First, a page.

Marcio Jose Sanchez, Associated Press
DENVER — The NL West boasts some of the best arms in the game in Clayton Kershaw, Tim Lincecum, Matt Cain and Jhoulys Chacin.
Wait, Jhoulys Chacin?
The Colorado Rockies' hard-throwing righty who has 20 career wins, one fewer than Kershaw had in his Cy Young Award-winning season a year ago?
Yep, that one.
Don't chuckle, because Chacin could very well be the next big thing in a division that's already loaded with elite pitchers.
The ace in the making has even more electric stuff this year, and it will be on display in Colorado's home opener Monday against the San Francisco Giants.
That's why manager Jim Tracy gave Chacin this stage: To show off the 24-year-old youngster to the capacity crowd donning purple pinstripes.
"We're going to send him out there where expectations will be high," said Tracy, whose team finished up a season-opening, three-game series Sunday in Houston. "He's come a very, very long way and is starting to show some signs. With the right development, he could become one of those next big names out of the NL West."
That's lofty praise, too, especially since five of the last six NL Cy Young Award recipients have come out of the division.
Such chatter won't go to Chacin's head, though. Too many other things to worry about.
In the buildup to the home opener, he's just trying to keep the butterflies at bay.
"I just want to go out and do my job," Chacin said. "I can't worry about all the people, just go out and pitch. It will be good to see how I do after all the work in the offseason and in spring training. You just want to go and throw how you throw.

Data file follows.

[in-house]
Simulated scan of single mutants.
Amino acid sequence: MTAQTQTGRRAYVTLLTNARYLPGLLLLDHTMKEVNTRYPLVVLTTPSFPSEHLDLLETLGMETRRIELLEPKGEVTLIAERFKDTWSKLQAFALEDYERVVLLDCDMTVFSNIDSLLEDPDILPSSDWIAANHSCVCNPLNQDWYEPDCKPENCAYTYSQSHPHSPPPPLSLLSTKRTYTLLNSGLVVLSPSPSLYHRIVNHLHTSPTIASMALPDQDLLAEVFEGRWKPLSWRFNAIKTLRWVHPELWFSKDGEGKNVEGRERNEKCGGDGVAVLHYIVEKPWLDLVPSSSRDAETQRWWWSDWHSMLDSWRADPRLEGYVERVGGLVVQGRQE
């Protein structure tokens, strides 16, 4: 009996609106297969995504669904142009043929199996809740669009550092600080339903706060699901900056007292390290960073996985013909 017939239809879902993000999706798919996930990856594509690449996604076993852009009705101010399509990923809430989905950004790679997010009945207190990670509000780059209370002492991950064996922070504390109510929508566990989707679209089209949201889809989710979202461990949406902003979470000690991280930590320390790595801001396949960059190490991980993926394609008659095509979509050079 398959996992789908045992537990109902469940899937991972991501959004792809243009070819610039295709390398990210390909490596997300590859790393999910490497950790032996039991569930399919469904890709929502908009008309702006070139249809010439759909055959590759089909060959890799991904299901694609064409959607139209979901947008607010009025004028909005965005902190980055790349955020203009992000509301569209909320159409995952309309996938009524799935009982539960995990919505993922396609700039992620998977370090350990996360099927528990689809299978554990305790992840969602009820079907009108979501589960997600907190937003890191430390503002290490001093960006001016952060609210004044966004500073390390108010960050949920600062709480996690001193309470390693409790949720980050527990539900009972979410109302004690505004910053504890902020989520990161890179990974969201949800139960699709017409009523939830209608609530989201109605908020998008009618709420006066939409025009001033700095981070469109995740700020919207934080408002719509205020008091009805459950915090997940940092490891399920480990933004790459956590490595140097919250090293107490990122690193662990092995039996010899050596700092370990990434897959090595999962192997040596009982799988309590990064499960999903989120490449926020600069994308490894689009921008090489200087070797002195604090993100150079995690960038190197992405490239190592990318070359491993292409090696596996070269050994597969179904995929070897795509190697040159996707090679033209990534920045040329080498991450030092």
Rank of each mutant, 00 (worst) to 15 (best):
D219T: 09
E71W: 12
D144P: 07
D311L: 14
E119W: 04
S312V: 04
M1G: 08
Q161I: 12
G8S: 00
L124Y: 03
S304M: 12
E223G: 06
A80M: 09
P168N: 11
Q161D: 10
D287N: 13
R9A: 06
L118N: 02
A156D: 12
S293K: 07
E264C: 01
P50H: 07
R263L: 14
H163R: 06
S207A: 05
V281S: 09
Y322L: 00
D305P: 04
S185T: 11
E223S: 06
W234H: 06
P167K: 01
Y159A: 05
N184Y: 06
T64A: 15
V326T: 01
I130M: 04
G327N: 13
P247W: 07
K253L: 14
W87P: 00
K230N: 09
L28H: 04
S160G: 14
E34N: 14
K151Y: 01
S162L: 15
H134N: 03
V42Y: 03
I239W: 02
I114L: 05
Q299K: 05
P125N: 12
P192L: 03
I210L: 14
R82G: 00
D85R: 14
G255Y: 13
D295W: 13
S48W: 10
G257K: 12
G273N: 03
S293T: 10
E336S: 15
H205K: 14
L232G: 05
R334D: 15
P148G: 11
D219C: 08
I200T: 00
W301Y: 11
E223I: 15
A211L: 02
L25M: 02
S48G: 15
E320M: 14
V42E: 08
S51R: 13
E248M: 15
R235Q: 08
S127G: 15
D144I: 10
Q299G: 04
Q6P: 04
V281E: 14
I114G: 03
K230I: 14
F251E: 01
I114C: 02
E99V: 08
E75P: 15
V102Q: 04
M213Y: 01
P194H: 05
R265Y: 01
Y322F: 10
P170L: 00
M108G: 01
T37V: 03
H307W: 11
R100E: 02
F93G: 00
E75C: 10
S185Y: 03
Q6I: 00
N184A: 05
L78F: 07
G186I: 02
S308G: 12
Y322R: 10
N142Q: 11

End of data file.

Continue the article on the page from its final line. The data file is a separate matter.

"You try to just go and throw and go deep in games, and that's how you have to think."
Chacin showed glimmers of his budding talent last season when he finished 11-14 with a 3.62 ERA. He was making steady progress this spring as well, until a bothersome blister surfaced on his right index finger.
He said the crack near his cuticle won't be a concern as he goes up against Barry Zito on Monday and a Giants lineup led by star catcher Buster Posey.
"It's been good the last few times I've pitched," said Chacin, the lone Colorado pitcher to remain in the rotation the entire 2011 season. "I think it will be fine. It's healed. Everything's good."
All spring, Chacin has been concentrating on one area — keeping the ball down. That way, he can get more groundouts, which is quite valuable at Coors Field.
He said his problems last season surfaced when he tried to blow his fastball by hitters. This time around, he's not afraid of contact and is willing to let his fielders do more of the work.
"I just wanted the strikeout. Now, I try to use my pitches and just make my pitch, and don't worry about what happens," explained Chacin, whose team was 38-43 at home last season. "In the beginning, that was a little bit hard to say, 'OK, don't think about striking this guy out.'
"I've been practicing and I'm just happy with the hitter making contact, as long as I feel like I made the pitch I wanted to make. I feel pretty comfortable with it."
Good thing, too, because that's one way to go deeper into games. Quick outs always help keep the pitch count low.
"If you throw a lot of pitches early in games, you've got less chance to win," Chacin said.
He's got two role models preaching the importance of that principle. In one ear is Jamie Moyer, the 49-year-old ageless wonder who's long gotten by thanks more to his smarts than his strikeouts. The other is Jeremy Guthrie, an innings eater who frequently goes deep into games.
"You saw what Guthrie did the other day: He allowed three runs, but he went seven innings and we won," Chacin said. "That's a really good example of what I need to do.
"Things won't always be all good, so you just keep working and keep trying to get better."
AP Sports Writers Kristie Rieken and Chris Duncan in Houston contributed to this report.
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